Made To Fail

January 3, 2023

At the IPO, it was ‘Sofa' so good… but today, is bust.

Fingers have been pointed at supply chain issues and the 6 long weeks it took to ship MADE's furniture. (This as 4 hour deliveries are becoming standard).

However, like most corporate failures, it seems that the company’s whole business model was just ‘Insufficiently Profitable’.

According to data from their 2021 Report and Accounts, an average MADE order looked like this:

Sale Value £246
Gross Profit £97
Fulfilment £45
Contribution £52
Marketing £38

Meanwhile overheads were running at something like £40m.

MADE isn’t alone in being a heavily funded, unprofitable business. For the last two decades of cheap money, unprofitable growth has been considered fine. In many sectors, it’s been the norm. Raising money every 9 months doesn’t build a business.

But many startup founders have only seen that movie. Cheap growth capital and masses of optimism drove investment in unproven business models with the expectation that they would become profitable in the future. Institutional Investors had so much money to deploy, they neglected risks and rolled the dice. WeWork, Uber, Peloton - were precarious models from the get go but they kinda worked and they’re still here.

The UK has millions of not-quite-profitable startups and SMEs, that are struggling to grow and are often precariously undercapitalised. Battered by Brexit, Covid and government policy flip-flopping, they are now facing unprecedented wage demands, energy and operating cost inflation, markets shrinking, labour shortages and export challenges.

These pressures mean that the dawn of profitability has been pushed over the horizon and many business models are so wonky that profits look unlikely at any point.

7 Ideas For Struggling Entrepreneurs

Ask yourself, does the company have a clear, unifying vision? Do prospects get excited by it or do they say ‘So what’ and glaze over?
Executional efficiency can only improve profitability when the business model is solid. Take a forensic look at what you are doing and ask yourself, ‘Are our customers happy?’ then ’Are we charging enough?’
Is the business able to scale - with or without further investment? That means sell more stuff to more customers and retain them for longer? If yes, you should be able to raise but be careful of the cost.
Can the business simply survive on its own cash? Explore launching some pragmatic survival initiatives as though you were at war. (Spoiler alert - you are). Guidance follows below:
Damp down every penny of cash burn to extend the financial runway in ways previously unthinkable. Analyse every expense to assess return on capital. Unless you can find tangible proof. Cut now. Don’t dawdle.
Look dispassionately at your team. Calculate the revenue contribution of every single staffer. Letting go of great people can be a killer but if you don’t balance the budget, you might kill the whole company.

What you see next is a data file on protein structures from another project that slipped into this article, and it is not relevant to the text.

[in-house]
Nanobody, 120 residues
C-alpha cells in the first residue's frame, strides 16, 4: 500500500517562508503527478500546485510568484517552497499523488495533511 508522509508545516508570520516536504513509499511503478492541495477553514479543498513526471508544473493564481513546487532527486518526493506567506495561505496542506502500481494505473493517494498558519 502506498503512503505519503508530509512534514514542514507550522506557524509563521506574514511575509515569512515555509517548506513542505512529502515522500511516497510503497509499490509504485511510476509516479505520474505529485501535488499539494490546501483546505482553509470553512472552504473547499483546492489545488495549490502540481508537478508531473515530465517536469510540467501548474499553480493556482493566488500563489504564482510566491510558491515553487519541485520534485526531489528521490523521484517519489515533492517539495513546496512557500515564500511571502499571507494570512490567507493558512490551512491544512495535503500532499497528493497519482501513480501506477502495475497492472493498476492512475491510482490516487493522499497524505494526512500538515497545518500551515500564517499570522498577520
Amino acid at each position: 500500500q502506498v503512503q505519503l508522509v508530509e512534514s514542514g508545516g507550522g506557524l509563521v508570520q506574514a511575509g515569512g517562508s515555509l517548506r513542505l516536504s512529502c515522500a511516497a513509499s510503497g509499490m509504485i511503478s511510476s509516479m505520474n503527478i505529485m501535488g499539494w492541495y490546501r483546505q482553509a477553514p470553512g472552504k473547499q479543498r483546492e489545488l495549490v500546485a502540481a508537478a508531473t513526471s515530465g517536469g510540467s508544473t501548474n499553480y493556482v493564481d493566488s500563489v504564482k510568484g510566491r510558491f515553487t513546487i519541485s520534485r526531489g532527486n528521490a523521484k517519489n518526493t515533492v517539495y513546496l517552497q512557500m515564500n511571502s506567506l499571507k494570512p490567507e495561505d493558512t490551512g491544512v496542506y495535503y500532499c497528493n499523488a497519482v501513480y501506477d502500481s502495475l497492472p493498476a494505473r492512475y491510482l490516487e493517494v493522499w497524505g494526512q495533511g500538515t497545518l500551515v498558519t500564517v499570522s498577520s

Finally, remember life is finite. If you are totally stressed out and the business isn’t working, perhaps it’s time to try something better? You can always shut up shop or maybe perform a massive pivot. Be brave.

A Crossroads For Capitalism

Institutional investors are dismissive about ‘lifestyle businesses’. These, often sub-£10m revenue businesses, account for a large chunk of the UK’s 5 million companies. The founders might be making a comfortable living and the staff might be happy, well paid and well treated, Investors see them as flat-lined Zombies showing no growth with no global ambition. Should that matter?

With the rise of the ‘B’ corps, we are starting to question the accepted wisdom of shareholder primacy. It’s really hard to build a socially responsible business if its prime objective is to create returns for external investors. Yet if ownership is confined to the founders, executive, workers and stakeholders, this is much easier.

Stretch your mind back to the beginning of the industrial revolution and you would see ethical businesses like Cadbury, Wedgwood, Quaker all offering their employees housing, sustenance, education and recreation facilities. Not zero-hours contracts.

Britain is losing. The Numbers Prove It

Regardless of who is in office, the British Government needs to improve its game and create an environment that incentivises entrepreneurs to build sustainable, decent companies and ensure that they thrive.

Britain has been falling behind America and Germany since the mid-2000s. In 2022, measured at purchasing-power parity, British GDP per head will be 25% lower than America’s. Average wages in Britain now lag behind America’s as far as Poland’s do Britain’s.

Without government ingenuity and a change of tack from institutional investors, Britain’s current recession may see a ‘Great Unravelling’ of the small businesses and startups that the country has been counting on to power the next generation.

We must all do our best to stop that from happening.

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